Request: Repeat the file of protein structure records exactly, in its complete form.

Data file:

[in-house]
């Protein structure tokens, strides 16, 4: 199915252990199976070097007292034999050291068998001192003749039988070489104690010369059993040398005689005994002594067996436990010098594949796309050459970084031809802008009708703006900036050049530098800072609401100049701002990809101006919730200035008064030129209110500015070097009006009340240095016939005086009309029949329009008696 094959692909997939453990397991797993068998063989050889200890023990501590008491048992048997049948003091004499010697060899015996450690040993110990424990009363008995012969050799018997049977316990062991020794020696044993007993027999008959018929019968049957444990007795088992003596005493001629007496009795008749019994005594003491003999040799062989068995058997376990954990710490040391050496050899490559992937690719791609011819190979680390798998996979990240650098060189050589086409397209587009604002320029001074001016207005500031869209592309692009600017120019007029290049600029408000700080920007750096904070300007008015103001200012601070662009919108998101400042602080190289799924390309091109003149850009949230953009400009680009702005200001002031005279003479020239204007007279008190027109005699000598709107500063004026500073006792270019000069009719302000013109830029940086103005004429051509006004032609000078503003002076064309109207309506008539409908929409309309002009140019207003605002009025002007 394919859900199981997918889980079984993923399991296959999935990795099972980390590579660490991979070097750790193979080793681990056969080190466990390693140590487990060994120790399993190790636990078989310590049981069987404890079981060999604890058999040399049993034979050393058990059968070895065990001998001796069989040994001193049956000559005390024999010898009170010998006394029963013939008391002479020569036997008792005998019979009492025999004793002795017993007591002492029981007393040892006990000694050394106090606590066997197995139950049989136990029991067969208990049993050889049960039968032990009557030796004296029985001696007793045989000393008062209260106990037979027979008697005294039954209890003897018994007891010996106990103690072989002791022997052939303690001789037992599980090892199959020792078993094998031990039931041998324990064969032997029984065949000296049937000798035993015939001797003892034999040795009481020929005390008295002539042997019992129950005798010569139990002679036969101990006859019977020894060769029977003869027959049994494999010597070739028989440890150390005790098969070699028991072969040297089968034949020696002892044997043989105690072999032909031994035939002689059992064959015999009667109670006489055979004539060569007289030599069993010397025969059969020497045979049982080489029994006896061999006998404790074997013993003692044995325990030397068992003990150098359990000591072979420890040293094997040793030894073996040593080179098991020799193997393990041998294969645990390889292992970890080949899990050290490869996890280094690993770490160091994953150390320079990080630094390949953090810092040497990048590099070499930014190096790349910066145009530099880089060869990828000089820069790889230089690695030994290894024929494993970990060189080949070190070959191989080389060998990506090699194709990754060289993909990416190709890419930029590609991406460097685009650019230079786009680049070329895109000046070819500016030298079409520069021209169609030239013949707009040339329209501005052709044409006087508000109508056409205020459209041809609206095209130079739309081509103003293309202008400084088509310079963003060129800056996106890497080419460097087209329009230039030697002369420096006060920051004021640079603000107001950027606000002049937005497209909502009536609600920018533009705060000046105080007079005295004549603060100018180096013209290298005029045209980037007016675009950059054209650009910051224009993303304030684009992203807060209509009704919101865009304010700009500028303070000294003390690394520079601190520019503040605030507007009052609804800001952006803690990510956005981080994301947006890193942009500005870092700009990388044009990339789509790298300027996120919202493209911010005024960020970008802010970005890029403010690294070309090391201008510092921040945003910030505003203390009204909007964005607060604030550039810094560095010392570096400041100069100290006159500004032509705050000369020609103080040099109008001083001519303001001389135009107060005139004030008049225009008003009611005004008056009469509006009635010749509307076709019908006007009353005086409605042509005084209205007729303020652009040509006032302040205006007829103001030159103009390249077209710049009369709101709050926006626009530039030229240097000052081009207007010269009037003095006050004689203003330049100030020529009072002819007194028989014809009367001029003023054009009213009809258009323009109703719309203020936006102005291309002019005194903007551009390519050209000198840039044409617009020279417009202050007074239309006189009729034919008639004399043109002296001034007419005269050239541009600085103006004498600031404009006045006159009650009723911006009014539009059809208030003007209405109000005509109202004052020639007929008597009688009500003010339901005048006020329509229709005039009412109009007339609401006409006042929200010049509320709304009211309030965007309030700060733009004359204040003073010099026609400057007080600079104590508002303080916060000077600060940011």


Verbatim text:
[in-house]
């Protein structure tokens, strides 16, 4: 199915252990199976070097007292034999050291068998001192003749039988070489104690010369059993040398005689005994002594067996436990010098594949796309050459970084031809802008009708703006900036050049530098800072609401100049701002990809101006919730200035008064030129209110500015070097009006009340240095016939005086009309029949329009008696 094959692909997939453990397991797993068998063989050889200890023990501590008491048992048997049948003091004499010697060899015996450690040993110990424990009363008995012969050799018997049977316990062991020794020696044993007993027999008959018929019968049957444990007795088992003596005493001629007496009795008749019994005594003491003999040799062989068995058997376990954990710490040391050496050899490559992937690719791609011819190979680390798998996979990240650098060189050589086409397209587009604002320029001074001016207005500031869209592309692009600017120019007029290049600029408000700080920007750096904070300007008015103001200012601070662009919108998101400042602080190289799924390309091109003149850009949230953009400009680009702005200001002031005279003479020239204007007279008190027109005699000598709107500063004026500073006792270019000069009719302000013109830029940086103005004429051509006004032609000078503003002076064309109207309506008539409908929409309309002009140019207003605002009025002007 394919859900199981997918889980079984993923399991296959999935990795099972980390590579660490991979070097750790193979080793681990056969080190466990390693140590487990060994120790399993190790636990078989310590049981069987404890079981060999604890058999040399049993034979050393058990059968070895065990001998001796069989040994001193049956000559005390024999010898009170010998006394029963013939008391002479020569036997008792005998019979009492025999004793002795017993007591002492029981007393040892006990000694050394106090606590066997197995139950049989136990029991067969208990049993050889049960039968032990009557030796004296029985001696007793045989000393008062209260106990037979027979008697005294039954209890003897018994007891010996106990103690072989002791022997052939303690001789037992599980090892199959020792078993094998031990039931041998324990064969032997029984065949000296049937000798035993015939001797003892034999040795009481020929005390008295002539042997019992129950005798010569139990002679036969101990006859019977020894060769029977003869027959049994494999010597070739028989440890150390005790098969070699028991072969040297089968034949020696002892044997043989105690072999032909031994035939002689059992064959015999009667109670006489055979004539060569007289030599069993010397025969059969020497045979049982080489029994006896061999006998404790074997013993003692044995325990030397068992003990150098359990000591072979420890040293094997040793030894073996040593080179098991020799193997393990041998294969645990390889292992970890080949899990050290490869996890280094690993770490160091994953150390320079990080630094390949953090810092040497990048590099070499930014190096790349910066145009530099880089060869990828000089820069790889230089690695030994290894024929494993970990060189080949070190070959191989080389060998990506090699194709990754060289993909990416190709890419930029590609991406460097685009650019230079786009680049070329895109000046070819500016030298079409520069021209169609030239013949707009040339329209501005052709044409006087508000109508056409205020459209041809609206095209130079739309081509103003293309202008400084088509310079963003060129800056996106890497080419460097087209329009230039030697002369420096006060920051004021640079603000107001950027606000002049937005497209909502009536609600920018533009705060000046105080007079005295004549603060100018180096013209290298005029045209980037007016675009950059054209650009910051224009993303304030684009992203807060209509009704919101865009304010700009500028303070000294003390690394520079601190520019503040605030507007009052609804800001952006803690990510956005981080994301947006890193942009500005870092700009990388044009990339789509790298300027996120919202493209911010005024960020970008802010970005890029403010690294070309090391201008510092921040945003910030505003203390009204909007964005607060604030550039810094560095010392570096400041100069100290006159500004032509705050000369020609103080040099109008001083001519303001001389135009107060005139004030008049225009008003009611005004008056009469509006009635010749509307076709019908006007009353005086409605042509005084209205007729303020652009040509006032302040205006007829103001030159103009390249077209710049009369709101709050926006626009530039030229240097000052081009207007010269009037003095006050004689203003330049100030020529009072002819007194028989014809009367001029003023054009009213009809258009323009109703719309203020936006102005291309002019005194903007551009390519050209000198840039044409617009020279417009202050007074239309006189009729034919008639004399043109002296001034007419005269050239541009600085103006004498600031404009006045006159009650009723911006009014539009059809208030003007209405109000005509109202004052020639007929008597009688009500003010339901005048006020329509229709005039009412109009007339609401006409006042929200010049509320709304009211309030965007309030700060733009004359204040003073010099026609400057007080600079104590508002303080916060000077600060940011």